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Dress for a Job Fair not The Beach

For a while, I thought that I might start a blog about the job-hunting tips I learned while I was unemployed. Still, it never really got off the ground, and I have a hard enough time making sure I have new(ish) content for this blog, so it died a quiet death, but I do feel I have a few useful hints (IMHO) for folks, so I will be sprinkling these tips in over the next little while.

This current post was triggered by another blogger posting 6 Tips for Working a Career Fair, which is one of the places you should be frequenting if you are looking for a job. These events are effectively cattle calls and you don’t expect to get a job when attending this kind of event, but you might make contact or meet someone you know who may help you out later, so I think following these is not a complete waste of time.

I have worked these events from both sides (candidate and hiring company), and I can assure you of a few things that will quickly get your resume and contact information moved to file 13 very quickly (look this up, it’s an old Mainframe term):

  • Dump your resume on the desk or table and walk away. I don’t care if you are not a “people person”. You need to introduce yourself at least, say hello and attempt to have at least a 1-minute talk with who(m)ever is working the booth. If they give you the brush-off, that is fine. Maybe don’t leave your resume, but YOU are looking for the job, not them.
  • Arrogance, which is not well-founded, is a killer for me. If you are good at what you do but act like you don’t want my job, and you tell me that, I’ll grant your wish (i.e. I will lose your resume). You can be confident and sure of yourself, but it is a fine line between that and arrogance.
  • Simply show up and start taking the “swag” from the table before talking to anyone. Yes, it is supposed to be free stuff, but come on, you need a free pen that bad?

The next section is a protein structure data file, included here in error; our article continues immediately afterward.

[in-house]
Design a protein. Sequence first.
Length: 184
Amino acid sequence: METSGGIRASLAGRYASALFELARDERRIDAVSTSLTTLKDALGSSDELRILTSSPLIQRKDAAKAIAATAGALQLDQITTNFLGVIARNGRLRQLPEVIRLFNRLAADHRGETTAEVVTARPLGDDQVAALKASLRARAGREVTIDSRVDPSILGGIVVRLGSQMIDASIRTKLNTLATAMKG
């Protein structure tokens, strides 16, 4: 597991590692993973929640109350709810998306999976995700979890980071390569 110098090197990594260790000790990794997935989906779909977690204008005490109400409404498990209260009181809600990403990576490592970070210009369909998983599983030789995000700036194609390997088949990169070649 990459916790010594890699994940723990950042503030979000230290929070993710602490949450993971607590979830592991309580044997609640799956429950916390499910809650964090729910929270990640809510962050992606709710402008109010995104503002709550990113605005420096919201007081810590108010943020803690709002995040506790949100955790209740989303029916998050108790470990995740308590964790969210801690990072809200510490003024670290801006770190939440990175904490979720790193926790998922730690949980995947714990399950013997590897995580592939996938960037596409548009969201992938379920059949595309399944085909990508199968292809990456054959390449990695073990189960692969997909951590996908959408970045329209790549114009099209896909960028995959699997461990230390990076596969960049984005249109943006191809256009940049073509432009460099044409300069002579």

• Dress like you are going to the beach.
Flip Flops
Great for Squashing Bugs, not so much for Job Fairs

That last one is my pet peeve. I have had other recruiters tell me that it doesn’t matter to them if potential candidates are dressed highly casually, but it does to me. If you show up wearing “flip-flops” (or thongs to my Australian friends), jean shorts and an unbuttoned shirt, what am I to think? I am most likely standing there in a “business casual” outfit, and you are saying to me, “I am this good that I don’t need to dress up to get this job”, or worse, “Your job is so unimportant to me that I can’t find a decent outfit and some shoes to find out about it”.

I did have one young woman walk in dressed like this, and I asked her, “… were you off to the beach today?”, and when she gave me a blank stare back, I explained my point of view, to which she walked away without leaving her resume (oh well).

What Should You Do?

Go to the Job Fairs, make connections, collect cards from folks, and talk to other folks to find out how they are searching for jobs (but remember, don’t spend too much time talking to other unemployed folks. They don’t have jobs, you should be talking to folks who DO have jobs). Please dress like you want a job (not want to go to the beach).

Other Job Hunting Tips

Feel Free to Comment

  1. what’s worse is when someone comes to the interview and looks great and then shows up on the 2nd day with a whole bunch of piercings in their face and you can’t do anything because of antidiscrimination laws

  2. How you present yourself at these fairs will mean success or failure. It starts with what you wear, but your resume and any discussion will leave a lasting impression. Simply said, it shows how serious you are about the position or looking in general.

  3. Dumping a resume is like showing up for class. Nobody really notices unless the class is really small. If you are the only person dumping your resume, it will get noticed. But at a career fair, you are competing for attention with hundreds of other resume dumpers. Anything that gets attention without making you look unprofessional or undesirable to an employer is fair game. At very least try to talk to whomever you can. Leave them something that will leave an impression, besides your resume (if possible). Try to set up an appointment to meet later, without getting too pushy. Get their business card and send a follow-up letter, just as you would after every interview.

    Grab their attention and show your enthusiasm, yes. Dumping your resume will at best, not grab their attention – at worst, show a lack of enthusiasm.

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